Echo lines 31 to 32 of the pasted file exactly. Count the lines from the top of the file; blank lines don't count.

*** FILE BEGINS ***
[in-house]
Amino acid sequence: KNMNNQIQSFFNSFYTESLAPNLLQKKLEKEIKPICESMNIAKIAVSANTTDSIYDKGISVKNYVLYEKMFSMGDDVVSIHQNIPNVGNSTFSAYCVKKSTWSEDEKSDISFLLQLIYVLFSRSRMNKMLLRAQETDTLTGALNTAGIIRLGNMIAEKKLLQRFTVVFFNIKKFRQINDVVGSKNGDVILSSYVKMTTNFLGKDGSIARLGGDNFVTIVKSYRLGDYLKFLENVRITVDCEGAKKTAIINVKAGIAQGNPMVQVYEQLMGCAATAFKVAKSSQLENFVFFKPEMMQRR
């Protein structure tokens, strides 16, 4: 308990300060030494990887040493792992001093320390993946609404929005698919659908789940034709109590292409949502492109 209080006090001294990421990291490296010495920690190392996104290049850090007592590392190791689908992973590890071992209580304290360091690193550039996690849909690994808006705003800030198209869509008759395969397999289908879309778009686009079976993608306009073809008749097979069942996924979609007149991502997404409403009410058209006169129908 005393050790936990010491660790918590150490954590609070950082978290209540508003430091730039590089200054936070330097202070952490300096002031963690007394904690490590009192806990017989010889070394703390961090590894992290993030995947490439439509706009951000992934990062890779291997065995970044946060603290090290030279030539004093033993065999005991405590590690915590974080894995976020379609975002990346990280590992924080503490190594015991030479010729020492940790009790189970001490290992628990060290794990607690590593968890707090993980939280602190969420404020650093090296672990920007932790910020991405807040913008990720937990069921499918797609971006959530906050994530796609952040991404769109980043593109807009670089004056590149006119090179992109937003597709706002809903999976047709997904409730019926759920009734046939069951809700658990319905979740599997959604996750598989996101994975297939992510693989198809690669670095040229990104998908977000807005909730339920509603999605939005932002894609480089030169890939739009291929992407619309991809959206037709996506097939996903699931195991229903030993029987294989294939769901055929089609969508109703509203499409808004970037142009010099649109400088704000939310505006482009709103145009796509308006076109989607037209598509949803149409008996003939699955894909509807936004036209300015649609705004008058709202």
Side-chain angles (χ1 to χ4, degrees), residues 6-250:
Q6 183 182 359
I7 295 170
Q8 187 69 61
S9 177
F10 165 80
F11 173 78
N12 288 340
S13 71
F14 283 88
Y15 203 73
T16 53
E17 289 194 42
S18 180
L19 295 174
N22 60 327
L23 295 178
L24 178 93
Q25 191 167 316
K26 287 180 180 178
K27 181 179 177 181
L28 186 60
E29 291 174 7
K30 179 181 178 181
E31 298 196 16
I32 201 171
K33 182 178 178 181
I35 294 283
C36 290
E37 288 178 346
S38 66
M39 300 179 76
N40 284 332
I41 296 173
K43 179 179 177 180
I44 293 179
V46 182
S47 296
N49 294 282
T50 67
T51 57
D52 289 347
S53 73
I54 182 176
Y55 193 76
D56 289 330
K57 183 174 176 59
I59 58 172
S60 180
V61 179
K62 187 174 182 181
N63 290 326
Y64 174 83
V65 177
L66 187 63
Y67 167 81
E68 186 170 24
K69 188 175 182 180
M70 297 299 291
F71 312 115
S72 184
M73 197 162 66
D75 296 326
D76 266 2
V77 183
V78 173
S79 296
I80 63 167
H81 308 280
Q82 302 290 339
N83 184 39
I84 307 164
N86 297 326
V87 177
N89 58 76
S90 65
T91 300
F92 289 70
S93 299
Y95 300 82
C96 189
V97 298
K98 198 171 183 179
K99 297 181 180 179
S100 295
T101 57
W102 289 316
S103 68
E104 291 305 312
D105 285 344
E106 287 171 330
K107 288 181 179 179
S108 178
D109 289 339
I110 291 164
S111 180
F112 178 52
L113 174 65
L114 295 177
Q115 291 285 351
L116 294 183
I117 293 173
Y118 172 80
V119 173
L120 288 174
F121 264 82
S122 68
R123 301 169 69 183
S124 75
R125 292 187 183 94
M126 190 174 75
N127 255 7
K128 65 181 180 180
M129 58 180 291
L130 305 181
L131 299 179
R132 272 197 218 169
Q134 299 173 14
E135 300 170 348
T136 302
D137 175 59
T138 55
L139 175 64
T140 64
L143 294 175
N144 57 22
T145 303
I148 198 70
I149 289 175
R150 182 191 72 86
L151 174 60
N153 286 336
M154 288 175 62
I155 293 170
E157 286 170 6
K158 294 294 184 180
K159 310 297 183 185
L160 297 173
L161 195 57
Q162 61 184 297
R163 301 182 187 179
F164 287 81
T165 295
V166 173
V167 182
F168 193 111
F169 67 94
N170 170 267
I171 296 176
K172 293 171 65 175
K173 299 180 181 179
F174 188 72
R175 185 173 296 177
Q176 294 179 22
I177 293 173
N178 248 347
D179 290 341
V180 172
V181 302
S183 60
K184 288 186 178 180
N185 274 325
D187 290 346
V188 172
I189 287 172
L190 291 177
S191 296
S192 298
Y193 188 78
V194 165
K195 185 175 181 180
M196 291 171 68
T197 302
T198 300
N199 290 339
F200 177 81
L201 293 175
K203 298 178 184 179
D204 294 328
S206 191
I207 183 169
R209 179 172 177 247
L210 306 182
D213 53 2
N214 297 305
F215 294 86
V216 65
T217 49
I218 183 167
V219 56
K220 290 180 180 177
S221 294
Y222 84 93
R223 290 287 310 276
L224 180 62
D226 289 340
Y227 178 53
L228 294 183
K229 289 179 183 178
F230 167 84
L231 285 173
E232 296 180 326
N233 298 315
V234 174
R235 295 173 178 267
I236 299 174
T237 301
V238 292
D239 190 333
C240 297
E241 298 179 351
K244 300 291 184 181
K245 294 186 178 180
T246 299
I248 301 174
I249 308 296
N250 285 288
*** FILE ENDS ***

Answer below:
I35 294 283
C36 290